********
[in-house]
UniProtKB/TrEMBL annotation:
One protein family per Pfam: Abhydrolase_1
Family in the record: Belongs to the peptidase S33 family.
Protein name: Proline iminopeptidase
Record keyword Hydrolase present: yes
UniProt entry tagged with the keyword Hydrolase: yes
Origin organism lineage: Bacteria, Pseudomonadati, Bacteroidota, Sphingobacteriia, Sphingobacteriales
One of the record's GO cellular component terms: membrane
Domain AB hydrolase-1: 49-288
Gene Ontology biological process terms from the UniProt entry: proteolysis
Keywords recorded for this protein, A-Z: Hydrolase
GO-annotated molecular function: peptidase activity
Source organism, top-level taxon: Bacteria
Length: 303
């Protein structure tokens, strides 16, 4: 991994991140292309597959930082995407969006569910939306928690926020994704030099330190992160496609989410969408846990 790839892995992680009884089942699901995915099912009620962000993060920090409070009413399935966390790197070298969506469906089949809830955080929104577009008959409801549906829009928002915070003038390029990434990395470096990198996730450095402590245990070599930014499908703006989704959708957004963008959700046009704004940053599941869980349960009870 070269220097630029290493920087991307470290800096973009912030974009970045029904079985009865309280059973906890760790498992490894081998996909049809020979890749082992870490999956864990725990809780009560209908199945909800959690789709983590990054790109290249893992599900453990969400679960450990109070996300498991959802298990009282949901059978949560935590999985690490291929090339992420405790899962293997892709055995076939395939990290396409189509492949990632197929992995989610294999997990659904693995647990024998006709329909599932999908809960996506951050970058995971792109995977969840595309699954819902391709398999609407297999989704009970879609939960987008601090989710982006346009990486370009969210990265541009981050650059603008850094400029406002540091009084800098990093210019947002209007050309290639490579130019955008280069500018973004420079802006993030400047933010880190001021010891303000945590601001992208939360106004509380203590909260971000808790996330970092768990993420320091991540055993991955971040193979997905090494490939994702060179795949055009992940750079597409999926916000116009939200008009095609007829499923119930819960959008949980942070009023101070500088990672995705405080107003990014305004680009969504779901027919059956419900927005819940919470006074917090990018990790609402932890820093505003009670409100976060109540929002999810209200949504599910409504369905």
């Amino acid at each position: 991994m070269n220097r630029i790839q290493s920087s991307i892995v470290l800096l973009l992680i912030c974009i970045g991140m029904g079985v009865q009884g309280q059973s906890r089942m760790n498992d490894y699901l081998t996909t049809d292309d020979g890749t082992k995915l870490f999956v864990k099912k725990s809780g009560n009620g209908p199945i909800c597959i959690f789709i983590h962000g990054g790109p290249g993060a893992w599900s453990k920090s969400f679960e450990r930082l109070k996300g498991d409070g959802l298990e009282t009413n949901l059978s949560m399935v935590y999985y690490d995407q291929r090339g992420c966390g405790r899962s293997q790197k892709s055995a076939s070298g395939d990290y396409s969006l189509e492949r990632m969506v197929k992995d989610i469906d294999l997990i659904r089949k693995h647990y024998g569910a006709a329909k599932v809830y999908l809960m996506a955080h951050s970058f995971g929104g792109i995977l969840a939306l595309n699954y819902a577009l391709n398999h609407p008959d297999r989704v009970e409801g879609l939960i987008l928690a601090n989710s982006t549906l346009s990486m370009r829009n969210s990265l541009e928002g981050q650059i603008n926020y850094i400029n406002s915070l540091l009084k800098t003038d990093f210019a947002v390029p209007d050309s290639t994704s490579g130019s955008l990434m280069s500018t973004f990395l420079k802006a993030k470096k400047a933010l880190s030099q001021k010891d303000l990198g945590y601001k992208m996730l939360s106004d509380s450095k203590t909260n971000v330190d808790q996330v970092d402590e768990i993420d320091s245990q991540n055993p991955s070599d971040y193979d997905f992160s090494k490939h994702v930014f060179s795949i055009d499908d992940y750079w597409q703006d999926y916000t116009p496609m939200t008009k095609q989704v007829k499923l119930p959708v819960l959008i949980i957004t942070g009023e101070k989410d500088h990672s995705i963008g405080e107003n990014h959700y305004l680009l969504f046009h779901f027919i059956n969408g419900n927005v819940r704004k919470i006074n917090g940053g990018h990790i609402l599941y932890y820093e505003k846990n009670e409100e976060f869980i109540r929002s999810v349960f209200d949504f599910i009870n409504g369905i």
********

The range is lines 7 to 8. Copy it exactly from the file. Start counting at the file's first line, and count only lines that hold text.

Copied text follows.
UniProt entry tagged with the keyword Hydrolase: yes
Origin organism lineage: Bacteria, Pseudomonadati, Bacteroidota, Sphingobacteriia, Sphingobacteriales